Editor’s welcome: safeguarding free press

Sept. 26, 2011, 3:01 a.m.

It is with great pleasure that I welcome you to the start of The Daily’s 240th volume, which marks our 38th year of publishing independently and our 119th year in print.

Every day, our mission is to provide you, the Stanford community, with fair and accurate news and stories that matter, whether you find them in features, sports, opinions, or in our weekly arts and entertainment insert, Intermission. We are also here to help educate the young journalists on campus.

Over the upcoming months, dozens of editors, writers, photographers, graphics artists and business staffers will work behind the scenes on a daily basis to assemble the content that appears on these pages. Our content is also available digitally on our website, mobile app, Facebook and Twitter.

The Daily’s independent status is something I’ve come to take very seriously. After spending this past summer reporting in Sub-Saharan Africa, a region where the press is not completely free, I have come to see a liberalized press as a truly essential aspect of a humanitarian, democratic society, and something we should never take for granted.

I was working at an investigative newspaper in South Africa, where the government has a history of censoring media. The walls of the newsroom were covered with front pages where headlines exposed government corruption. Within stories, quotes and the names of sources were blacked out with ink before the paper went to press, swallowing up information the public would never read.

Just earlier this month, the South African parliament approved a draft of the “secrecy bill,” which, if passed, is expected to bring the death of investigative journalism in the country.

Amid the threat of censorship, one thing sustains these journalists: a fundamental belief in their country–their community–and its potential to overcome any challenge.

It is this same belief in a community–in the Stanford community–that motivates our reporters and staffers, to offer you the best coverage of Stanford that we can.

I encourage you to pick up The Daily when you see it in the dining hall, at one of our other 150 campus locations or at one of our nearly 500 locations in Palo Alto and the surrounding area. If you would like to receive Daily headlines in your inbox, subscribe for our daily email digest at stanforddaily.com.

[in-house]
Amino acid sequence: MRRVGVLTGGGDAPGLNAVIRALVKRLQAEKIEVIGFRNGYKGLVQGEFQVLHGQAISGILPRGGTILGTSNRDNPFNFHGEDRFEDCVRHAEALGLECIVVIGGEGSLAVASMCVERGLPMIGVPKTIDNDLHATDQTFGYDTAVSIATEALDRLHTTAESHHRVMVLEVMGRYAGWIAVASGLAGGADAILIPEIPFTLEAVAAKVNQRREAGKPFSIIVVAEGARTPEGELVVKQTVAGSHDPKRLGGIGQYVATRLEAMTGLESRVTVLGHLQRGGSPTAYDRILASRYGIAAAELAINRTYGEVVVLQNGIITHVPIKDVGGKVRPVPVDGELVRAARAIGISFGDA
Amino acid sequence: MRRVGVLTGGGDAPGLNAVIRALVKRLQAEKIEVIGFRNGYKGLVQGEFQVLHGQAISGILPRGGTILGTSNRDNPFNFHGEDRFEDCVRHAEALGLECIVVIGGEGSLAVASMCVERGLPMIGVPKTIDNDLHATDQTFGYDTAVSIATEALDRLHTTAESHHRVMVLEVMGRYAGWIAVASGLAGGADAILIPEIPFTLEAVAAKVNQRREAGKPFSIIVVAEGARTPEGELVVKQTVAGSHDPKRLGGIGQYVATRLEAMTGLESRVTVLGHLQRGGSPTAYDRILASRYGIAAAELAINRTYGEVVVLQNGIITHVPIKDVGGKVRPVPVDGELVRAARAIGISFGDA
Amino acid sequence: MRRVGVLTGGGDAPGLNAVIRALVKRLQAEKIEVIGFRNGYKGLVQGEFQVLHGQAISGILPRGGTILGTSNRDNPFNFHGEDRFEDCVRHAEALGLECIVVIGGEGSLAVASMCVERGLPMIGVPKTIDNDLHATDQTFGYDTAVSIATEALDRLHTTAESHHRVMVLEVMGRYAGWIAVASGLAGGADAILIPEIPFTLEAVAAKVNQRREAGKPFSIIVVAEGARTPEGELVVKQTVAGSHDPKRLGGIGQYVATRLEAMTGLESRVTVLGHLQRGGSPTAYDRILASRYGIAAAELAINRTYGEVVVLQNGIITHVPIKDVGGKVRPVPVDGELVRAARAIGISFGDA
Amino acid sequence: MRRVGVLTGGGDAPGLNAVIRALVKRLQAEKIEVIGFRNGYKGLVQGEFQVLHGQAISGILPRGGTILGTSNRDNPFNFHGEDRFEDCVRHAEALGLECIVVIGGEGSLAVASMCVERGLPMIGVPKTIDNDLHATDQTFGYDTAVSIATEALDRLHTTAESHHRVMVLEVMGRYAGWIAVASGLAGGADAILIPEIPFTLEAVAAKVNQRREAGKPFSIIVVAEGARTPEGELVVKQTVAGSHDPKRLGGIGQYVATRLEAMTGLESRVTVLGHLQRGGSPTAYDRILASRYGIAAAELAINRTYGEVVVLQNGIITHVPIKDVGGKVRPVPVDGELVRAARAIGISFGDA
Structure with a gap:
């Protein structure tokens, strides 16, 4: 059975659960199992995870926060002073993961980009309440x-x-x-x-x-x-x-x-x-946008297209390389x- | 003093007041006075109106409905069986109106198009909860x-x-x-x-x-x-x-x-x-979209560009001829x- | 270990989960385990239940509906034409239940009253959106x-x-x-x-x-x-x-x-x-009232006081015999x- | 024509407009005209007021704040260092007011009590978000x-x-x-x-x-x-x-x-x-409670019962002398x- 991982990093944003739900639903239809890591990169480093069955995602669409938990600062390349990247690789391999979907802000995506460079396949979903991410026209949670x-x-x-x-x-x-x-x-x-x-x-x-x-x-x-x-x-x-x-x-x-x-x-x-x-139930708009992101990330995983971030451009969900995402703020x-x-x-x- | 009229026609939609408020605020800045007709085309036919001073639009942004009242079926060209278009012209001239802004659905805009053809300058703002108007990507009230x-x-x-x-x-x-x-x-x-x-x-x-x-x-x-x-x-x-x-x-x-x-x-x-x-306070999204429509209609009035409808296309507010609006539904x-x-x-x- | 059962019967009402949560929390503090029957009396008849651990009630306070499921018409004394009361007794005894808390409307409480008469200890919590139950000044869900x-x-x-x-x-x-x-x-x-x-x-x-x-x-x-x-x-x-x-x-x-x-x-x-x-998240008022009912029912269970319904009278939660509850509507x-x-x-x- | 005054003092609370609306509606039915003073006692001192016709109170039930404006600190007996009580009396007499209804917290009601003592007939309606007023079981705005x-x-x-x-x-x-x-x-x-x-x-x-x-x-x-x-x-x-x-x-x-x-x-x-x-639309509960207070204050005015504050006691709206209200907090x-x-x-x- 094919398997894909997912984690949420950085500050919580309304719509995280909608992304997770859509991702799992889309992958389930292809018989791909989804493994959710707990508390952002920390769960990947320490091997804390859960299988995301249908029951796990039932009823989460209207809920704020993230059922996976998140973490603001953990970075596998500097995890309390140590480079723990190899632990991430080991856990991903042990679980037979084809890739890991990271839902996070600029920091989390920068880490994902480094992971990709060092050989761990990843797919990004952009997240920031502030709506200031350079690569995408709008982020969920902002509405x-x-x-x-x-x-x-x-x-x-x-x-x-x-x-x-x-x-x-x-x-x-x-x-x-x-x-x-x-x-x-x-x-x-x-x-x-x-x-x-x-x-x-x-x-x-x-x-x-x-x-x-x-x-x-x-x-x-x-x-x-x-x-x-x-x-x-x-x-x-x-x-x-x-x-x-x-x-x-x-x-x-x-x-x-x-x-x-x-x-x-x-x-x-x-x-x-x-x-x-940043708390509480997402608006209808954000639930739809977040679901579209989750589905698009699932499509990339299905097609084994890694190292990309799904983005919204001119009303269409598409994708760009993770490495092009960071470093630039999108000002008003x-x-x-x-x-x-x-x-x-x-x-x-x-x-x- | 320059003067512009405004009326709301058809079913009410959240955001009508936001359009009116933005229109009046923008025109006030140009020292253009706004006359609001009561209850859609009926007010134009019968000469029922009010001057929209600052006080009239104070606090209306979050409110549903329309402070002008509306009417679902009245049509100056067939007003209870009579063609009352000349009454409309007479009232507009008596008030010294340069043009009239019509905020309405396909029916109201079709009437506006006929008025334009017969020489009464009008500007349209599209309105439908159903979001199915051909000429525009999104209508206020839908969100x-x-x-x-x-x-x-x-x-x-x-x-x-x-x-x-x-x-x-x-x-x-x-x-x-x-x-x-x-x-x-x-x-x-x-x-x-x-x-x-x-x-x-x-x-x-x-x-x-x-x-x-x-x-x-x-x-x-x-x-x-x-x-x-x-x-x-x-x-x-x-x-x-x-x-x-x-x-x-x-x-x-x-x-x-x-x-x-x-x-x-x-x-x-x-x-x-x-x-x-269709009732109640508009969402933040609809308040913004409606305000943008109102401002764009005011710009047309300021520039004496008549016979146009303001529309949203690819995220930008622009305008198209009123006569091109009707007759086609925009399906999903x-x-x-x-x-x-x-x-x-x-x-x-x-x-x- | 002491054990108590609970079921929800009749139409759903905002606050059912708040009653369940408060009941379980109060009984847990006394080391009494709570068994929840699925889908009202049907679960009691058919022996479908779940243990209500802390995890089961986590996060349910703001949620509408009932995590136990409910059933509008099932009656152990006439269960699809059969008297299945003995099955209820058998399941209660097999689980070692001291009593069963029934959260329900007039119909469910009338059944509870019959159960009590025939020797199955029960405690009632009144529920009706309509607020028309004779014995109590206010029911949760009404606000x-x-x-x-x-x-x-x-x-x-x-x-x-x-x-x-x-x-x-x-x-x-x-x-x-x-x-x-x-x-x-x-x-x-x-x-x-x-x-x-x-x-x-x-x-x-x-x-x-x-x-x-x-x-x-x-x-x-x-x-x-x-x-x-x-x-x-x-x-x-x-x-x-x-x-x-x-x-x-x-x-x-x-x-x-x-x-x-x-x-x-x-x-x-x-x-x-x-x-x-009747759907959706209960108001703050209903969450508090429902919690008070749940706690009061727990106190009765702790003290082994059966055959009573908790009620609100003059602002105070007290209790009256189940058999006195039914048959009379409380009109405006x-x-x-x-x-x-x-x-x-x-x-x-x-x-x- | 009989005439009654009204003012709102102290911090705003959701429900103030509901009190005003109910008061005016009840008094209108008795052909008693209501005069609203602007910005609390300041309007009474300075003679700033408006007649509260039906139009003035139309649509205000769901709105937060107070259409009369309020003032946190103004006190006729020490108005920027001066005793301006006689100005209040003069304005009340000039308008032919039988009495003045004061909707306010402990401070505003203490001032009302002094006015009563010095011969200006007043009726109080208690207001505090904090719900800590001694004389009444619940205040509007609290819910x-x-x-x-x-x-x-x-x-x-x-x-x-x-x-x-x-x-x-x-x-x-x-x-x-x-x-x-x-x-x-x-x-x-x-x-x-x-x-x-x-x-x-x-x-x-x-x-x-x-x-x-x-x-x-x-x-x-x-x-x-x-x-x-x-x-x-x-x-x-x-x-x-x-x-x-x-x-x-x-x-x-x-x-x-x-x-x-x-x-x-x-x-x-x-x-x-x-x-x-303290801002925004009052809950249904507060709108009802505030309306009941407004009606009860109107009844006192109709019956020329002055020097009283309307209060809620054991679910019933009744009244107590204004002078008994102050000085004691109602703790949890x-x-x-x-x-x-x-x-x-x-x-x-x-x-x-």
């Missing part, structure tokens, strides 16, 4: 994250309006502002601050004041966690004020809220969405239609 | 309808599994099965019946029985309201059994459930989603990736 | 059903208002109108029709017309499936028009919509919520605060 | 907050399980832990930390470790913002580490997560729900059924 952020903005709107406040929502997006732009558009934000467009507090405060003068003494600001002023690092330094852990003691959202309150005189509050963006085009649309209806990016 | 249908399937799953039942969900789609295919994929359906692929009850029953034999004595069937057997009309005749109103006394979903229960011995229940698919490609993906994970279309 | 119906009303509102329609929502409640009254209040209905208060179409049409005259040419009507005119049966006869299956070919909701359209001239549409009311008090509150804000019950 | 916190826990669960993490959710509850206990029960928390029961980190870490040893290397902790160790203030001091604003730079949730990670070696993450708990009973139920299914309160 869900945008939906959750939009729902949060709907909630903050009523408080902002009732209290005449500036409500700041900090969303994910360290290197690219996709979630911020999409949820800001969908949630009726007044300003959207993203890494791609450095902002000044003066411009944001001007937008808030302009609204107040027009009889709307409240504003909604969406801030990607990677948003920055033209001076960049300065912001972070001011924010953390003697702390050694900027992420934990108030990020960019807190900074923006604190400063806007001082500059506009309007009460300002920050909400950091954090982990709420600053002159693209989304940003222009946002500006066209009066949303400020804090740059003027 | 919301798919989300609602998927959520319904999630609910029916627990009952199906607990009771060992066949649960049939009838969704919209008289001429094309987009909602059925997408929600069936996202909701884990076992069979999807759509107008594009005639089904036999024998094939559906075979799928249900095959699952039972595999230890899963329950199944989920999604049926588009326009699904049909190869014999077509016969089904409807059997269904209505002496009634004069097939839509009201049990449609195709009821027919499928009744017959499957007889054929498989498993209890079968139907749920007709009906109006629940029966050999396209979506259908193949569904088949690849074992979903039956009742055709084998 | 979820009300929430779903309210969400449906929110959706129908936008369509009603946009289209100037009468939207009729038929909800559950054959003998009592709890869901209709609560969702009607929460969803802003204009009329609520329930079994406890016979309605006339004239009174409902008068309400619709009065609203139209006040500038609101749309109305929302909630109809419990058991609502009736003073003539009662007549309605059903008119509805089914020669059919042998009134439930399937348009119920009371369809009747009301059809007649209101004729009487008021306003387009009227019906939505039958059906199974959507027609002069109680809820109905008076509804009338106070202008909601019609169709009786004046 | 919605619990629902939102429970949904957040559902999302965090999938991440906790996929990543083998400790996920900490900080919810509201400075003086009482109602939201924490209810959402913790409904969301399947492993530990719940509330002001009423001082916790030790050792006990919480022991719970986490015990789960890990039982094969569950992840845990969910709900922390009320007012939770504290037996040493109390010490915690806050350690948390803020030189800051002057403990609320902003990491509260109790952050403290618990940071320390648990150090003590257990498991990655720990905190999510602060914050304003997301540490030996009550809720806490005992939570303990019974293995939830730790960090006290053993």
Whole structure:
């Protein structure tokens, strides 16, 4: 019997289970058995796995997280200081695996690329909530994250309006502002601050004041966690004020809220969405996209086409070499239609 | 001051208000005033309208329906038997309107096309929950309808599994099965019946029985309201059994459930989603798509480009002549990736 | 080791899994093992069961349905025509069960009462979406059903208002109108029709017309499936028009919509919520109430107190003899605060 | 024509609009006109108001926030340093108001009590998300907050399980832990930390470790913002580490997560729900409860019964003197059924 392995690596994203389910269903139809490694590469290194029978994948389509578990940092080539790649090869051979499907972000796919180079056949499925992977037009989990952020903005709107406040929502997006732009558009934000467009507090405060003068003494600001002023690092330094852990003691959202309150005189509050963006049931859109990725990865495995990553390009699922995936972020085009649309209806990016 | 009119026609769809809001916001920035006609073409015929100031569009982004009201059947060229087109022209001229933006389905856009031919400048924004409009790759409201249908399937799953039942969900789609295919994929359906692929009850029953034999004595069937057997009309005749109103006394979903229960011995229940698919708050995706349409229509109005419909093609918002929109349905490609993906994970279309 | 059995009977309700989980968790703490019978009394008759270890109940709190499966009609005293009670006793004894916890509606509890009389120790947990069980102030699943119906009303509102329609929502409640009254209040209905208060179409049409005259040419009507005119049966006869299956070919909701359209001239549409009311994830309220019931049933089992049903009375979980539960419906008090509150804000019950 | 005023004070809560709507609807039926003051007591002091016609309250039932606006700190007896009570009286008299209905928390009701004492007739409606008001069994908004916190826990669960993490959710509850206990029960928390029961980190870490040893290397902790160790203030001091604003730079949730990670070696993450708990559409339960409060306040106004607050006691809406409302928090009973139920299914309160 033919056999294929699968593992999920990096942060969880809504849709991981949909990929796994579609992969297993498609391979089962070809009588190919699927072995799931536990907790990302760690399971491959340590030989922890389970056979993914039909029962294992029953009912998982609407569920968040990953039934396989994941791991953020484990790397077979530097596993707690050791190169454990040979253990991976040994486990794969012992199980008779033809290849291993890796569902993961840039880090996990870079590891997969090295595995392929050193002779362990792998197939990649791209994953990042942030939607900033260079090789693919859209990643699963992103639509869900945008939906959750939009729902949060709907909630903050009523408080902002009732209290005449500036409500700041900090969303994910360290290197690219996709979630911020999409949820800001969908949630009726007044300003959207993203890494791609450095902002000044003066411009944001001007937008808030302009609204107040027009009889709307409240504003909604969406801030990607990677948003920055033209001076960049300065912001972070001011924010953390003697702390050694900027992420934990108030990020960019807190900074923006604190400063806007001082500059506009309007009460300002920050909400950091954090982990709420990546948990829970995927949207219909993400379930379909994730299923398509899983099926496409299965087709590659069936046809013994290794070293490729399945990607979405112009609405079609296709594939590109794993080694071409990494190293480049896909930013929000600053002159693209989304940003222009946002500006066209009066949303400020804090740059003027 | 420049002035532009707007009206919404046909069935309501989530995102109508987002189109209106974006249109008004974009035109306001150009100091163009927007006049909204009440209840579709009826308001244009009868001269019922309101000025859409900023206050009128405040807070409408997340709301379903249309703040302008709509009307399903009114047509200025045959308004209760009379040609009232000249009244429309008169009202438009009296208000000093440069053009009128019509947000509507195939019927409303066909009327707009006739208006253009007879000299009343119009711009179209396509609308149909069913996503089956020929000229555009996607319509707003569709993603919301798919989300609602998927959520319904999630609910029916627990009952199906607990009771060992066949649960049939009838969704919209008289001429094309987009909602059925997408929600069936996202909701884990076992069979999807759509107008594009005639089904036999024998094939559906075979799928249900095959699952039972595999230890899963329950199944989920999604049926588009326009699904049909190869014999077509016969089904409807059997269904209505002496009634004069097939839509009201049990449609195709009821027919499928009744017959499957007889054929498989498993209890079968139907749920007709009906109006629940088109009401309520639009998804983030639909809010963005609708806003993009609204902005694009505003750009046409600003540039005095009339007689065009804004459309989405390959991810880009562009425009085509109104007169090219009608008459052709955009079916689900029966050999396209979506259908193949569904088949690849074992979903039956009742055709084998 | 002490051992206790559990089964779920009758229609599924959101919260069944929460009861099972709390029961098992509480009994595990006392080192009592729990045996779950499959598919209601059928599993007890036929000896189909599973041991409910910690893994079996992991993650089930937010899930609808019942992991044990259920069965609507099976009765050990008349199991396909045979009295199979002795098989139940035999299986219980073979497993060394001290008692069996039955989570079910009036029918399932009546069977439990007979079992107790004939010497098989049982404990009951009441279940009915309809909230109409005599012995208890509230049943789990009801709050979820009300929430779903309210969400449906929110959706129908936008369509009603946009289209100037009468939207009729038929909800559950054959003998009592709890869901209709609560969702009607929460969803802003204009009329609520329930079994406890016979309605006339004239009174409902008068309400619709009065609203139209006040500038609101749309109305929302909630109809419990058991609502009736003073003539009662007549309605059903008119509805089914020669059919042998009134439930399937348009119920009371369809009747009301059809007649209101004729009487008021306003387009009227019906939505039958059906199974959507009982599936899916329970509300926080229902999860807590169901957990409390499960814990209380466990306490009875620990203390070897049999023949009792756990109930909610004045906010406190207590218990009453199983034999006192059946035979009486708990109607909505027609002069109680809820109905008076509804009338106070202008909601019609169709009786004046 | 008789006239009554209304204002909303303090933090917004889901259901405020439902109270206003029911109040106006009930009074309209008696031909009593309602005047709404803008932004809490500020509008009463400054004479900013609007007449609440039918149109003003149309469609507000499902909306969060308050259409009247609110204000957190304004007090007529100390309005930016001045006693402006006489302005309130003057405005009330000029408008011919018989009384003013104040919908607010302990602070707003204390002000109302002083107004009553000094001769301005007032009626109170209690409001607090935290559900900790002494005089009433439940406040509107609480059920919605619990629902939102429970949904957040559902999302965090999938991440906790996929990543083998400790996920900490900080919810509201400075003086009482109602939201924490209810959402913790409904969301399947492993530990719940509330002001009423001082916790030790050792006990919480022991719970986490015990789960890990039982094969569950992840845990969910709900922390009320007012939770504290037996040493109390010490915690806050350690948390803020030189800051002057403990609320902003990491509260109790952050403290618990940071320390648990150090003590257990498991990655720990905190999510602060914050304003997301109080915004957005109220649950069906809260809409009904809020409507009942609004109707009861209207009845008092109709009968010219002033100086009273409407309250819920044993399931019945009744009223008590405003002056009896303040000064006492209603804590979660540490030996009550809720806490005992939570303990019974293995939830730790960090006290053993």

If you’re interested in getting involved in any aspect of the paper, you can reach me by email at [email protected] or come to Daily 101X next Monday, Oct. 3 at 7 p.m. at our Lorry I. Lokey office, just behind Old Union on Panama Mall. No prior experience is necessary to join.

If you’d like to contact The Daily or have a suggestion for coverage, please feel free to reach us at (650)-721-5801 or to contact me directly on my office phone at (650)-721-5815. You can also find me on the second floor of the Lorry I. Lokey office Sunday through Thursday from 6:30 p.m. onward. Our editors are available for questions, concerns, or comments, so please look to the staff box on page six to find the editor you’d like to contact.

If there is an issue you would like to discuss with our readership, you can submit an op-ed or write a letter to the editor. If you see a mistake, let us know; we value accuracy and will publish corrections.

I hope you’ll visit The Daily at least once while you’re at Stanford, or even stop by to share your thoughts.

Free, ethical reporting–without University oversight–is an incredible responsibility. I hope that by engaging with you, we can offer a platform for discussion and change, and that this forum will help our community thrive.

Kathleen Chaykowski

Editor in chief and President, Vol. CCXXXX

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